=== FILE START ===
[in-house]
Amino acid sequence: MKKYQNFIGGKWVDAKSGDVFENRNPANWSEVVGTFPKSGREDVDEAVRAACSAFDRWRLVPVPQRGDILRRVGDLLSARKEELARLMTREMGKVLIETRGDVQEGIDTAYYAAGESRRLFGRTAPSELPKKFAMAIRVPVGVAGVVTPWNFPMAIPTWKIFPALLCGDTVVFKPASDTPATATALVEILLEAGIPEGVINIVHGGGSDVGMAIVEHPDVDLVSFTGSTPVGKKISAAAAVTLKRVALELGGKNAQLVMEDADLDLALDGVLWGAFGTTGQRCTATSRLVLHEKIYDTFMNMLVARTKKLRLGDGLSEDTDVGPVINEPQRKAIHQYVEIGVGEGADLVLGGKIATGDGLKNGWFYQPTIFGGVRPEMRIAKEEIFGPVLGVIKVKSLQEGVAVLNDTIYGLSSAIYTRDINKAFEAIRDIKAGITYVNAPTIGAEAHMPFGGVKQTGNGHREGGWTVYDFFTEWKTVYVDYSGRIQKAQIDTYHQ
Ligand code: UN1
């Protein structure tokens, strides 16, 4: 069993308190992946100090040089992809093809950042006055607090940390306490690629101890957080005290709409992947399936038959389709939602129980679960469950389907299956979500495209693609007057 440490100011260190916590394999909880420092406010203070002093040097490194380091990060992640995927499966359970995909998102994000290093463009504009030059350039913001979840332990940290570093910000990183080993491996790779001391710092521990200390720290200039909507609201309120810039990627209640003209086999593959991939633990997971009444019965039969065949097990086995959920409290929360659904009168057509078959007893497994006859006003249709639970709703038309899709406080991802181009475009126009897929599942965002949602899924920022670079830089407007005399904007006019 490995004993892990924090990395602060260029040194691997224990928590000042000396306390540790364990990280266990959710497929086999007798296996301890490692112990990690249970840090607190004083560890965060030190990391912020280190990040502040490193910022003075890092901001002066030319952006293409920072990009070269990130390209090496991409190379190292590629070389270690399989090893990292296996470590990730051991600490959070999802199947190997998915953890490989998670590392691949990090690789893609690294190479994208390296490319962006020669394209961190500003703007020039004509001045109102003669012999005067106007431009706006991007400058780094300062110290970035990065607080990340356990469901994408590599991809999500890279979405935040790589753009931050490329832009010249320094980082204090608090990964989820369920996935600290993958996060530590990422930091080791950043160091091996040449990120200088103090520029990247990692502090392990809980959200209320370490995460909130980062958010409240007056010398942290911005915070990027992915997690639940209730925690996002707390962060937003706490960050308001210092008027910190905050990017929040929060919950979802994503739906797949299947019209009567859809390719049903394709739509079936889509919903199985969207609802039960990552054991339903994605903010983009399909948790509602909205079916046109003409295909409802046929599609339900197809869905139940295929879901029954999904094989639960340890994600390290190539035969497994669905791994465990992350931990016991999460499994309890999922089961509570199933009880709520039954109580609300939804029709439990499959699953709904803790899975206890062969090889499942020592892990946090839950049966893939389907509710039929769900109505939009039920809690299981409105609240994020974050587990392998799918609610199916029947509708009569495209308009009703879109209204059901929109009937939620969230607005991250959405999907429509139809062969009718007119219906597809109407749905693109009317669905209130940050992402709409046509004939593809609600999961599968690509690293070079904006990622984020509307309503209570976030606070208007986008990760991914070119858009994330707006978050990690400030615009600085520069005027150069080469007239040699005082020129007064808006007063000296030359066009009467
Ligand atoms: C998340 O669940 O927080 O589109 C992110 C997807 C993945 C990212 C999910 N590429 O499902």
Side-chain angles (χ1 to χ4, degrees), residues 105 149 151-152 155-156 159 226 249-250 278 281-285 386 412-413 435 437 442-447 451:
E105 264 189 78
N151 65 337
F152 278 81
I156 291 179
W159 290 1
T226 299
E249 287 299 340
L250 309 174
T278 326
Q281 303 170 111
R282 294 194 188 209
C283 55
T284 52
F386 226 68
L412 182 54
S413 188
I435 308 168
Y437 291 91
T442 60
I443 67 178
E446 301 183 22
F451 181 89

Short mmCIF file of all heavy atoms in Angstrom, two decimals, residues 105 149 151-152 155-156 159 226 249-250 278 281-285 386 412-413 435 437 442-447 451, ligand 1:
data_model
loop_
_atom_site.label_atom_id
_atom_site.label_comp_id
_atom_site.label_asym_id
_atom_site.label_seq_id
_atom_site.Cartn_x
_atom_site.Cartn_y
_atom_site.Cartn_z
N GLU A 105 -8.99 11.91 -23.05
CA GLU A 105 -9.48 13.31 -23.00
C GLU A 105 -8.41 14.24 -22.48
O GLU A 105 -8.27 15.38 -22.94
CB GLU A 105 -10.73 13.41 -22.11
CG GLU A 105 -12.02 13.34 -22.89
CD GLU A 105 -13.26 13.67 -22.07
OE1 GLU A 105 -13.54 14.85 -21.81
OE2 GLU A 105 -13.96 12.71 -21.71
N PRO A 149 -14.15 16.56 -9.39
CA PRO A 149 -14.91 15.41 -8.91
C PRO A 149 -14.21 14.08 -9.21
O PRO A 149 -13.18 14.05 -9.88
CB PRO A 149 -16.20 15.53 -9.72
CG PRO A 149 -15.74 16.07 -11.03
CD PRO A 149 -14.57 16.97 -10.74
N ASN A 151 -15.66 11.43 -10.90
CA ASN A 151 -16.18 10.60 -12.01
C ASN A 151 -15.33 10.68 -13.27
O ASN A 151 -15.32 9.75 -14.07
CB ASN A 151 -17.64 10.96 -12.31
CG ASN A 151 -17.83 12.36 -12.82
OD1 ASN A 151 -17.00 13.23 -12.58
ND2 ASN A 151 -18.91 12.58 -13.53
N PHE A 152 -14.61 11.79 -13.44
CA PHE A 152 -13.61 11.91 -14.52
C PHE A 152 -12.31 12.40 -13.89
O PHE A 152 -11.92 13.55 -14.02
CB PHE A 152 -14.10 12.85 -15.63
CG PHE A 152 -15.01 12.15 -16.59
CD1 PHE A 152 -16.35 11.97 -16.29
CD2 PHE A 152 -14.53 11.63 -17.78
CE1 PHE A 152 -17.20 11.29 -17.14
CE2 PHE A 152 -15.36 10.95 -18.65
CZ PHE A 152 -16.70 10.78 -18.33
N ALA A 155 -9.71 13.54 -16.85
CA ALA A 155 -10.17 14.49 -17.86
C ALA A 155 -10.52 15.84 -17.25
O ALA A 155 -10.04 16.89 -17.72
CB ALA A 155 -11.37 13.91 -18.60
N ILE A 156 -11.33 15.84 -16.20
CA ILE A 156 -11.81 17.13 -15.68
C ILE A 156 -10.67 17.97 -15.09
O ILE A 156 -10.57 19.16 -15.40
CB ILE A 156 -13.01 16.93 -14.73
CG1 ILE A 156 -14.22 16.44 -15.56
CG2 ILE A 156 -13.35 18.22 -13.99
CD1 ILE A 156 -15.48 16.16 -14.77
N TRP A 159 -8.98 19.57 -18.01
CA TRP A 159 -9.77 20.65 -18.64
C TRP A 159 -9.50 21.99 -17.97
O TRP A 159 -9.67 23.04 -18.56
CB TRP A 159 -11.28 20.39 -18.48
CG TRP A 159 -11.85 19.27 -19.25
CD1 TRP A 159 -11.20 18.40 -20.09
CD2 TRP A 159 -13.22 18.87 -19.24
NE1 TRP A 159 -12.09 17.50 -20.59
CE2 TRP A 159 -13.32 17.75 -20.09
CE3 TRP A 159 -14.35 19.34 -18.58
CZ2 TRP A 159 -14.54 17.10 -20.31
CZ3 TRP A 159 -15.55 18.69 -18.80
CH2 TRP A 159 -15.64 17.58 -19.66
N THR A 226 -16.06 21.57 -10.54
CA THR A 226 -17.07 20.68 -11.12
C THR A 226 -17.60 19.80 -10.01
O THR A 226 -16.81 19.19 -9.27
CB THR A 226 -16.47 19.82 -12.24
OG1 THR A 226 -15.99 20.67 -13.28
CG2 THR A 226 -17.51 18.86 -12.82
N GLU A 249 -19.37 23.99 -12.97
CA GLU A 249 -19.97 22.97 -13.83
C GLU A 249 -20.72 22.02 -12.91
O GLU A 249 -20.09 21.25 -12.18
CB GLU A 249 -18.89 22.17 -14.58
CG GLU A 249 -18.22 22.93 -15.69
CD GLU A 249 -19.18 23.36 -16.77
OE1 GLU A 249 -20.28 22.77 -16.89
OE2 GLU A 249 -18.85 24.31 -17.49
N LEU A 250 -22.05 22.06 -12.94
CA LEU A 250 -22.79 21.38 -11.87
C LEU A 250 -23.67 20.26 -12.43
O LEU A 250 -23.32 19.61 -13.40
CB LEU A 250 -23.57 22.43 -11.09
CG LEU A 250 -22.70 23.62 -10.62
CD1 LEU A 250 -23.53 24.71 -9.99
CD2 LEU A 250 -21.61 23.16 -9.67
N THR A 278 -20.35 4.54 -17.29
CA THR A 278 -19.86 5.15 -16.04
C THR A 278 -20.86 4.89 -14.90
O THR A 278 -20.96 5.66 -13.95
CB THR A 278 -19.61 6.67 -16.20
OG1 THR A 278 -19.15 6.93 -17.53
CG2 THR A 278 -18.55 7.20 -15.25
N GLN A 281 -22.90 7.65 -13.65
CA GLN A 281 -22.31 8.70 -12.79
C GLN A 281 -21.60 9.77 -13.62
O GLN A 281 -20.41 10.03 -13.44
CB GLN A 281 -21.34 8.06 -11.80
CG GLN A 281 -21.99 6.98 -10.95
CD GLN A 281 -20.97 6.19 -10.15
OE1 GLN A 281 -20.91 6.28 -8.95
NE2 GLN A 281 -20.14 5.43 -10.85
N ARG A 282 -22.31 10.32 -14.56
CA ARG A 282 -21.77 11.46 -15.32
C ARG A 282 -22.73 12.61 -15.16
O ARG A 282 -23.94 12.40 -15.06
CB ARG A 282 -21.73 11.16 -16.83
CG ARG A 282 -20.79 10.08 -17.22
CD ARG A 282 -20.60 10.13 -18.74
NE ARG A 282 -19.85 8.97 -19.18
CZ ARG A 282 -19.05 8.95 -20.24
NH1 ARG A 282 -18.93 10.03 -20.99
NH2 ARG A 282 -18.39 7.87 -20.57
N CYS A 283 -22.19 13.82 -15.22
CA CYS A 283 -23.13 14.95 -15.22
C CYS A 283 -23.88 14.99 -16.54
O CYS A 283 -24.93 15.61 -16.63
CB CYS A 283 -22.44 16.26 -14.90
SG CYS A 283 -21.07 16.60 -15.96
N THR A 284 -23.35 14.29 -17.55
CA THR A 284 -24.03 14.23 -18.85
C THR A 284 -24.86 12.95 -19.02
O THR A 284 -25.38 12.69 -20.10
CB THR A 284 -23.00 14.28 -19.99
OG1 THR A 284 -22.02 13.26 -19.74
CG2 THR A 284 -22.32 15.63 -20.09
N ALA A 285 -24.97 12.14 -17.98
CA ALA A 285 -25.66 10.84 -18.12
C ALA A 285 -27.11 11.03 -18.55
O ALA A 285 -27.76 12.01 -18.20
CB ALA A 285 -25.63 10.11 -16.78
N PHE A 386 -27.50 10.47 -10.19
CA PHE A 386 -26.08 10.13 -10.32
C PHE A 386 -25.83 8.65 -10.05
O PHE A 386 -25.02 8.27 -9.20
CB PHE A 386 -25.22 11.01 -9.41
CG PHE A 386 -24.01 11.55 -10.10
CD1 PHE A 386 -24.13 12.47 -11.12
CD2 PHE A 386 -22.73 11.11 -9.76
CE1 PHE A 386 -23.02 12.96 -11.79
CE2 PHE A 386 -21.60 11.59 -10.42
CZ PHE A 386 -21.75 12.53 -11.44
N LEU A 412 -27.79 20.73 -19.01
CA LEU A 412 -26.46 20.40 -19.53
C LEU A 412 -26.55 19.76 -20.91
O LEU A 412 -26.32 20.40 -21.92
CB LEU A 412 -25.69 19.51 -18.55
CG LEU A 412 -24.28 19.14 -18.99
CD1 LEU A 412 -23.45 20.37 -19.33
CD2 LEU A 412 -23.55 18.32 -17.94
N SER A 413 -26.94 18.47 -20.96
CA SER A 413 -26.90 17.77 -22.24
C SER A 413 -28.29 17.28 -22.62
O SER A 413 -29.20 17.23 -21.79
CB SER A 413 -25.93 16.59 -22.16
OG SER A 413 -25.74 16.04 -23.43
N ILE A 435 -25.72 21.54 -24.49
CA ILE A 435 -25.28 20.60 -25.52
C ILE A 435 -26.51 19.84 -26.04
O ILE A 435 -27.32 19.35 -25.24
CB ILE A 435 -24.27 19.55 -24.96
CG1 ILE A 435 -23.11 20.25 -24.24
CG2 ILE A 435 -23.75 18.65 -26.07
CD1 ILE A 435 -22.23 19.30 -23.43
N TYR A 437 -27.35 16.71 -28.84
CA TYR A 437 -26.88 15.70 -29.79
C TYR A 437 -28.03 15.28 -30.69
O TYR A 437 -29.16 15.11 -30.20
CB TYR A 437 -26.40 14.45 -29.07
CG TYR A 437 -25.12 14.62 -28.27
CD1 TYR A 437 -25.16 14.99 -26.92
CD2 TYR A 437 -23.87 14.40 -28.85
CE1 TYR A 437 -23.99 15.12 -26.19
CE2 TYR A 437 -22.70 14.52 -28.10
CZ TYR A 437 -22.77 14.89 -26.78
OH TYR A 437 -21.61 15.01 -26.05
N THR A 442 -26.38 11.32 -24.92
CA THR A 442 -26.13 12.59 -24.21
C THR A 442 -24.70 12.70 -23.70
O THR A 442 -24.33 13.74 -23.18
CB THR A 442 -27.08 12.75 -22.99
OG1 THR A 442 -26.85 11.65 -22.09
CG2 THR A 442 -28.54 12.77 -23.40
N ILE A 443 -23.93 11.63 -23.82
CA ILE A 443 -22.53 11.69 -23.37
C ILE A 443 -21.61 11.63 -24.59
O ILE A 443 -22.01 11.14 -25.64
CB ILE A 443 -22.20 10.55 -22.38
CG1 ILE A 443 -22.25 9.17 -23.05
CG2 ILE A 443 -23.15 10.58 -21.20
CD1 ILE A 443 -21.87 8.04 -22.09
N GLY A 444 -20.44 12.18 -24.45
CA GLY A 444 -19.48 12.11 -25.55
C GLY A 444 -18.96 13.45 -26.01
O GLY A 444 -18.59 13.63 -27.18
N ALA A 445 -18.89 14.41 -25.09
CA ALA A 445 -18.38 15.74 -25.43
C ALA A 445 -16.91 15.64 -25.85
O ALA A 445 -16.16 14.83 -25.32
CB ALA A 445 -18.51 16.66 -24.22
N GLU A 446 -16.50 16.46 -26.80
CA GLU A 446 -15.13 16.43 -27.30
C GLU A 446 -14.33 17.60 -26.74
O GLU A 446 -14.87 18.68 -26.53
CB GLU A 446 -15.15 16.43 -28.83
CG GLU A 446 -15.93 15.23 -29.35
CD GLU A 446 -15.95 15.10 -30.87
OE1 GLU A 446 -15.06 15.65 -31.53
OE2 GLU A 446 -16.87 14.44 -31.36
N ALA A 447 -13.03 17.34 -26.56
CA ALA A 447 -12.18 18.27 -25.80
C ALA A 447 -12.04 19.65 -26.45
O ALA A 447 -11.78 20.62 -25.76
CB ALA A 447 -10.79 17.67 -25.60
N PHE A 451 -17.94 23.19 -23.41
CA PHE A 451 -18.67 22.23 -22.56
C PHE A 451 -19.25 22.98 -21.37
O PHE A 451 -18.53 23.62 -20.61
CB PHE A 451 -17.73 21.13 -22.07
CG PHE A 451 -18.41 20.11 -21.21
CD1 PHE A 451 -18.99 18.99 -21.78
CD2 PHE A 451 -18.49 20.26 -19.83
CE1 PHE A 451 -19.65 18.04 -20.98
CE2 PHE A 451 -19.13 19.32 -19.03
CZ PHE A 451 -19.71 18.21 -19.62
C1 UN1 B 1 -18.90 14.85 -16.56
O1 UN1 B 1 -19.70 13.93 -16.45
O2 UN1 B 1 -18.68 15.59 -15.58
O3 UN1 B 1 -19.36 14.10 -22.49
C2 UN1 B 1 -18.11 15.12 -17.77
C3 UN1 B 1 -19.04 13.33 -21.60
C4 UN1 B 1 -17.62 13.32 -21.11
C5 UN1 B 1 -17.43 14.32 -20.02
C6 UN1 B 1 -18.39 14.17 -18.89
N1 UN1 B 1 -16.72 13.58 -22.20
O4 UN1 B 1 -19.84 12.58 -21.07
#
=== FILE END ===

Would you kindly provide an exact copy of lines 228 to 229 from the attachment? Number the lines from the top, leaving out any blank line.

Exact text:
CG2 ILE A 443 -23.15 10.58 -21.20
CD1 ILE A 443 -21.87 8.04 -22.09